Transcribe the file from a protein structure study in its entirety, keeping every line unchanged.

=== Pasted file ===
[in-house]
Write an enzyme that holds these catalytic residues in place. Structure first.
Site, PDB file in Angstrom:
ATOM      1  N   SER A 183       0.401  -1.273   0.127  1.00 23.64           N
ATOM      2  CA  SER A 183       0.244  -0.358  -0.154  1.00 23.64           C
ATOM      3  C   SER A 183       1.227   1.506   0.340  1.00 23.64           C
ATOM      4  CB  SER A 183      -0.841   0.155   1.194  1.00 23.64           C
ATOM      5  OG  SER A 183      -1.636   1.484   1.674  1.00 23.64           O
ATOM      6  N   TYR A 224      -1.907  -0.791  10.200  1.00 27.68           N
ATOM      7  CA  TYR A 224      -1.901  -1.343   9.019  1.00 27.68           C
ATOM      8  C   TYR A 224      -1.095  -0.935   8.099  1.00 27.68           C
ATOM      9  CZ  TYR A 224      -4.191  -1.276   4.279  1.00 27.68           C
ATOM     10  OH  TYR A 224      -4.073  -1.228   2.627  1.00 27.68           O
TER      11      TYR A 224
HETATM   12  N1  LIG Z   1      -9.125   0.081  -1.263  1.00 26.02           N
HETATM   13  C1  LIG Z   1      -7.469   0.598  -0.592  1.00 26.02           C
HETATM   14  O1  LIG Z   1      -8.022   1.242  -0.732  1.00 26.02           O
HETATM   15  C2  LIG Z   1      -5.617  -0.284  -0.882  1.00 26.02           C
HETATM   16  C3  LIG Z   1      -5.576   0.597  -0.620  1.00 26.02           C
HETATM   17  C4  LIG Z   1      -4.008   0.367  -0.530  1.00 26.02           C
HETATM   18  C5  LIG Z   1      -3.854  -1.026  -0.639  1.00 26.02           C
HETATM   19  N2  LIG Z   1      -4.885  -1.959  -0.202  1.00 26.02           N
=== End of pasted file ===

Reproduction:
[in-house]
Write an enzyme that holds these catalytic residues in place. Structure first.
Site, PDB file in Angstrom:
ATOM      1  N   SER A 183       0.401  -1.273   0.127  1.00 23.64           N
ATOM      2  CA  SER A 183       0.244  -0.358  -0.154  1.00 23.64           C
ATOM      3  C   SER A 183       1.227   1.506   0.340  1.00 23.64           C
ATOM      4  CB  SER A 183      -0.841   0.155   1.194  1.00 23.64           C
ATOM      5  OG  SER A 183      -1.636   1.484   1.674  1.00 23.64           O
ATOM      6  N   TYR A 224      -1.907  -0.791  10.200  1.00 27.68           N
ATOM      7  CA  TYR A 224      -1.901  -1.343   9.019  1.00 27.68           C
ATOM      8  C   TYR A 224      -1.095  -0.935   8.099  1.00 27.68           C
ATOM      9  CZ  TYR A 224      -4.191  -1.276   4.279  1.00 27.68           C
ATOM     10  OH  TYR A 224      -4.073  -1.228   2.627  1.00 27.68           O
TER      11      TYR A 224
HETATM   12  N1  LIG Z   1      -9.125   0.081  -1.263  1.00 26.02           N
HETATM   13  C1  LIG Z   1      -7.469   0.598  -0.592  1.00 26.02           C
HETATM   14  O1  LIG Z   1      -8.022   1.242  -0.732  1.00 26.02           O
HETATM   15  C2  LIG Z   1      -5.617  -0.284  -0.882  1.00 26.02           C
HETATM   16  C3  LIG Z   1      -5.576   0.597  -0.620  1.00 26.02           C
HETATM   17  C4  LIG Z   1      -4.008   0.367  -0.530  1.00 26.02           C
HETATM   18  C5  LIG Z   1      -3.854  -1.026  -0.639  1.00 26.02           C
HETATM   19  N2  LIG Z   1      -4.885  -1.959  -0.202  1.00 26.02           N